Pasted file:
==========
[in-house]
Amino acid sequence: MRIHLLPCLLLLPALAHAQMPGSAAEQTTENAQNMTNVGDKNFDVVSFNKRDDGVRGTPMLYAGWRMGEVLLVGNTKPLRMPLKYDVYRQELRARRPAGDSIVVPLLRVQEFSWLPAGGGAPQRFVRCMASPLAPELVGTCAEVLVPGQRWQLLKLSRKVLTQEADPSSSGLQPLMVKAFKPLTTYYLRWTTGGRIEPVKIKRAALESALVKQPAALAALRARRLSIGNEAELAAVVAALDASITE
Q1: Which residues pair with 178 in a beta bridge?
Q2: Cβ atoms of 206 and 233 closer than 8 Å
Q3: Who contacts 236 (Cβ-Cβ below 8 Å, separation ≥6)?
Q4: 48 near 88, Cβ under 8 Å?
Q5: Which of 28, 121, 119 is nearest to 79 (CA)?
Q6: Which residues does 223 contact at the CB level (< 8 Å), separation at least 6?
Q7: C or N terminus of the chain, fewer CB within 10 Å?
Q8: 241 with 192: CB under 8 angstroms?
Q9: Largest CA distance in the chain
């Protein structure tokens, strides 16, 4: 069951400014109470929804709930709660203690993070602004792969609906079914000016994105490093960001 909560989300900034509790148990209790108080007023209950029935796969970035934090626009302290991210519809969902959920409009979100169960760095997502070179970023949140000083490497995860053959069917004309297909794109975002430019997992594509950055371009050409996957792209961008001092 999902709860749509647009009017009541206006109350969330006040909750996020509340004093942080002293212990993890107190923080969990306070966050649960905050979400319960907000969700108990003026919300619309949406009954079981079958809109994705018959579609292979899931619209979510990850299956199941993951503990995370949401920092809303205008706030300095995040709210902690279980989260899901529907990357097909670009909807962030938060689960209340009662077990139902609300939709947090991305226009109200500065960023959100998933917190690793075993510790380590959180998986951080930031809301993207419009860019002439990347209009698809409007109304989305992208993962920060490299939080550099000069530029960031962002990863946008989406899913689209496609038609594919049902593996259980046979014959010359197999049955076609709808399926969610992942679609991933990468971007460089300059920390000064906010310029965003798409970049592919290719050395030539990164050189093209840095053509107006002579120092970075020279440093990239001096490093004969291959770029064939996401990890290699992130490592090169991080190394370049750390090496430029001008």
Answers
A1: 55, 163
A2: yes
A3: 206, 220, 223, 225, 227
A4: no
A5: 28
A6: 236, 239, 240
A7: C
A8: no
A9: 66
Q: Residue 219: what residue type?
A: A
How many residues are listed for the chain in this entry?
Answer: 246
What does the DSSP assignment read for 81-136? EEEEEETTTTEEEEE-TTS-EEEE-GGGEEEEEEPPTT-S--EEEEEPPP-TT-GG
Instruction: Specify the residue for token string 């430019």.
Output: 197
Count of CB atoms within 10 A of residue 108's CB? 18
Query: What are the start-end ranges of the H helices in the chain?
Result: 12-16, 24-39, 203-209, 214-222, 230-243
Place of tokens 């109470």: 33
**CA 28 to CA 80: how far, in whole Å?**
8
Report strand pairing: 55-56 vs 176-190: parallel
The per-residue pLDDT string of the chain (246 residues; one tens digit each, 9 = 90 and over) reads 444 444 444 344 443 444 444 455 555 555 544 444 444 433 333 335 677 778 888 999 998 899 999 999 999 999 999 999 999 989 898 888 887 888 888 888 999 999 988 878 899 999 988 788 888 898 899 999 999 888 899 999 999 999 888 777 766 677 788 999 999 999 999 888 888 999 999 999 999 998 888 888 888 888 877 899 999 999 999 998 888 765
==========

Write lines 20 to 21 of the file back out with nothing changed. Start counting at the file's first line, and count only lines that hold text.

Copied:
A7: C
A8: no